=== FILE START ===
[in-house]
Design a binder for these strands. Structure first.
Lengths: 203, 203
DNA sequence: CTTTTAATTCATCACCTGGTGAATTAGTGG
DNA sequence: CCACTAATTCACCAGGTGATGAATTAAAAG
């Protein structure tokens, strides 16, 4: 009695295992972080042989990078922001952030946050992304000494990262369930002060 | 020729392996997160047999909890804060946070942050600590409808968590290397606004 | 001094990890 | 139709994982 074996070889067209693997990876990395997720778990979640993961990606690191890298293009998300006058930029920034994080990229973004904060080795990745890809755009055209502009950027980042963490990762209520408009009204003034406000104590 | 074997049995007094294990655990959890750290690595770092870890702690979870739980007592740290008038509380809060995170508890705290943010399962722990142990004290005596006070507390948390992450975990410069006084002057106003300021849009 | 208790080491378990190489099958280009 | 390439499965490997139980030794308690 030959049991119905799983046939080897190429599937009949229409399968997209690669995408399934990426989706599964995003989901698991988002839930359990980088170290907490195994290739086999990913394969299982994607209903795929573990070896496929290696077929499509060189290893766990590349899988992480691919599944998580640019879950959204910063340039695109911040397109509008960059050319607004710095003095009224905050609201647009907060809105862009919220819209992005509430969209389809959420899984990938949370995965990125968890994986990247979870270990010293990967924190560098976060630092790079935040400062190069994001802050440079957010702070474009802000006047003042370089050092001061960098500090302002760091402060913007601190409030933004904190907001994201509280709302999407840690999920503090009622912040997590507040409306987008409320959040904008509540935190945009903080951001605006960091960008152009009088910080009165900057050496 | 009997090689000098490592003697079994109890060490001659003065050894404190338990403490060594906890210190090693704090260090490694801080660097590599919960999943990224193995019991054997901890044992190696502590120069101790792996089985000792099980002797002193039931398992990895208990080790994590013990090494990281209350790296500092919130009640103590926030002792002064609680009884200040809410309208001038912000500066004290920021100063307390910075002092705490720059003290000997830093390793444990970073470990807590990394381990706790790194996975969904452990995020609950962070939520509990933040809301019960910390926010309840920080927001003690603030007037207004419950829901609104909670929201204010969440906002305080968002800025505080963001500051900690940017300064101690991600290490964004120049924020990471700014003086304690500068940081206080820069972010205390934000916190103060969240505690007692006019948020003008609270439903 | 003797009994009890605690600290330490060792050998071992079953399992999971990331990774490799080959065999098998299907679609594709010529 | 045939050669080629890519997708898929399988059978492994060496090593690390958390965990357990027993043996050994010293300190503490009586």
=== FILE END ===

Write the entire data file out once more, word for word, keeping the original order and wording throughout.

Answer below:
[in-house]
Design a binder for these strands. Structure first.
Lengths: 203, 203
DNA sequence: CTTTTAATTCATCACCTGGTGAATTAGTGG
DNA sequence: CCACTAATTCACCAGGTGATGAATTAAAAG
């Protein structure tokens, strides 16, 4: 009695295992972080042989990078922001952030946050992304000494990262369930002060 | 020729392996997160047999909890804060946070942050600590409808968590290397606004 | 001094990890 | 139709994982 074996070889067209693997990876990395997720778990979640993961990606690191890298293009998300006058930029920034994080990229973004904060080795990745890809755009055209502009950027980042963490990762209520408009009204003034406000104590 | 074997049995007094294990655990959890750290690595770092870890702690979870739980007592740290008038509380809060995170508890705290943010399962722990142990004290005596006070507390948390992450975990410069006084002057106003300021849009 | 208790080491378990190489099958280009 | 390439499965490997139980030794308690 030959049991119905799983046939080897190429599937009949229409399968997209690669995408399934990426989706599964995003989901698991988002839930359990980088170290907490195994290739086999990913394969299982994607209903795929573990070896496929290696077929499509060189290893766990590349899988992480691919599944998580640019879950959204910063340039695109911040397109509008960059050319607004710095003095009224905050609201647009907060809105862009919220819209992005509430969209389809959420899984990938949370995965990125968890994986990247979870270990010293990967924190560098976060630092790079935040400062190069994001802050440079957010702070474009802000006047003042370089050092001061960098500090302002760091402060913007601190409030933004904190907001994201509280709302999407840690999920503090009622912040997590507040409306987008409320959040904008509540935190945009903080951001605006960091960008152009009088910080009165900057050496 | 009997090689000098490592003697079994109890060490001659003065050894404190338990403490060594906890210190090693704090260090490694801080660097590599919960999943990224193995019991054997901890044992190696502590120069101790792996089985000792099980002797002193039931398992990895208990080790994590013990090494990281209350790296500092919130009640103590926030002792002064609680009884200040809410309208001038912000500066004290920021100063307390910075002092705490720059003290000997830093390793444990970073470990807590990394381990706790790194996975969904452990995020609950962070939520509990933040809301019960910390926010309840920080927001003690603030007037207004419950829901609104909670929201204010969440906002305080968002800025505080963001500051900690940017300064101690991600290490964004120049924020990471700014003086304690500068940081206080820069972010205390934000916190103060969240505690007692006019948020003008609270439903 | 003797009994009890605690600290330490060792050998071992079953399992999971990331990774490799080959065999098998299907679609594709010529 | 045939050669080629890519997708898929399988059978492994060496090593690390958390965990357990027993043996050994010293300190503490009586």